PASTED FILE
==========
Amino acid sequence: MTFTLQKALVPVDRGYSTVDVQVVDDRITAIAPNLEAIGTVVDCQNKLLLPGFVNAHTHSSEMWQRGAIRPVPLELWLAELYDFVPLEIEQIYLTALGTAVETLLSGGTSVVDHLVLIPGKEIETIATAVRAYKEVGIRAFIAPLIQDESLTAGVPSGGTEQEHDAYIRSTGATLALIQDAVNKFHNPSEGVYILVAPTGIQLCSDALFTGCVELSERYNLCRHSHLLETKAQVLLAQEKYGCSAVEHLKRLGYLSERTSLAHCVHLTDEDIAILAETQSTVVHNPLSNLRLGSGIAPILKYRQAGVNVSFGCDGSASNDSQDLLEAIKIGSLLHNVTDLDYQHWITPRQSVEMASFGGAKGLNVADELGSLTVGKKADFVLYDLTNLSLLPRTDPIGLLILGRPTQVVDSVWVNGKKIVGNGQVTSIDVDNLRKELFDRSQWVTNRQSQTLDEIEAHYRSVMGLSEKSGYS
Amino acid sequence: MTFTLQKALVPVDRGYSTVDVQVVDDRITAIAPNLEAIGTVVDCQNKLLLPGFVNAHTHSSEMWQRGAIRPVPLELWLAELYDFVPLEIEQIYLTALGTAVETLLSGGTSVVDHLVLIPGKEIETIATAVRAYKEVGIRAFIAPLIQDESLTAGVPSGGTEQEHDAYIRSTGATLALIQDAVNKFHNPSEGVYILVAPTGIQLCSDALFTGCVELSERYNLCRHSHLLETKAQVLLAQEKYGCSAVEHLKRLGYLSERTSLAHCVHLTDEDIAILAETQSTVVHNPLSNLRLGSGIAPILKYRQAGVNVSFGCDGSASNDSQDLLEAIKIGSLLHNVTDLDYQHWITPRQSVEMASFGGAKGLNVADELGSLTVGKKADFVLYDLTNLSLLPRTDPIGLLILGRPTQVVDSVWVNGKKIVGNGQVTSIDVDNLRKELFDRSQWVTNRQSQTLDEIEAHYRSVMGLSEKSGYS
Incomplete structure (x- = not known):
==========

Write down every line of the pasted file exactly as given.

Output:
Amino acid sequence: MTFTLQKALVPVDRGYSTVDVQVVDDRITAIAPNLEAIGTVVDCQNKLLLPGFVNAHTHSSEMWQRGAIRPVPLELWLAELYDFVPLEIEQIYLTALGTAVETLLSGGTSVVDHLVLIPGKEIETIATAVRAYKEVGIRAFIAPLIQDESLTAGVPSGGTEQEHDAYIRSTGATLALIQDAVNKFHNPSEGVYILVAPTGIQLCSDALFTGCVELSERYNLCRHSHLLETKAQVLLAQEKYGCSAVEHLKRLGYLSERTSLAHCVHLTDEDIAILAETQSTVVHNPLSNLRLGSGIAPILKYRQAGVNVSFGCDGSASNDSQDLLEAIKIGSLLHNVTDLDYQHWITPRQSVEMASFGGAKGLNVADELGSLTVGKKADFVLYDLTNLSLLPRTDPIGLLILGRPTQVVDSVWVNGKKIVGNGQVTSIDVDNLRKELFDRSQWVTNRQSQTLDEIEAHYRSVMGLSEKSGYS
Amino acid sequence: MTFTLQKALVPVDRGYSTVDVQVVDDRITAIAPNLEAIGTVVDCQNKLLLPGFVNAHTHSSEMWQRGAIRPVPLELWLAELYDFVPLEIEQIYLTALGTAVETLLSGGTSVVDHLVLIPGKEIETIATAVRAYKEVGIRAFIAPLIQDESLTAGVPSGGTEQEHDAYIRSTGATLALIQDAVNKFHNPSEGVYILVAPTGIQLCSDALFTGCVELSERYNLCRHSHLLETKAQVLLAQEKYGCSAVEHLKRLGYLSERTSLAHCVHLTDEDIAILAETQSTVVHNPLSNLRLGSGIAPILKYRQAGVNVSFGCDGSASNDSQDLLEAIKIGSLLHNVTDLDYQHWITPRQSVEMASFGGAKGLNVADELGSLTVGKKADFVLYDLTNLSLLPRTDPIGLLILGRPTQVVDSVWVNGKKIVGNGQVTSIDVDNLRKELFDRSQWVTNRQSQTLDEIEAHYRSVMGLSEKSGYS
Incomplete structure (x- = not known):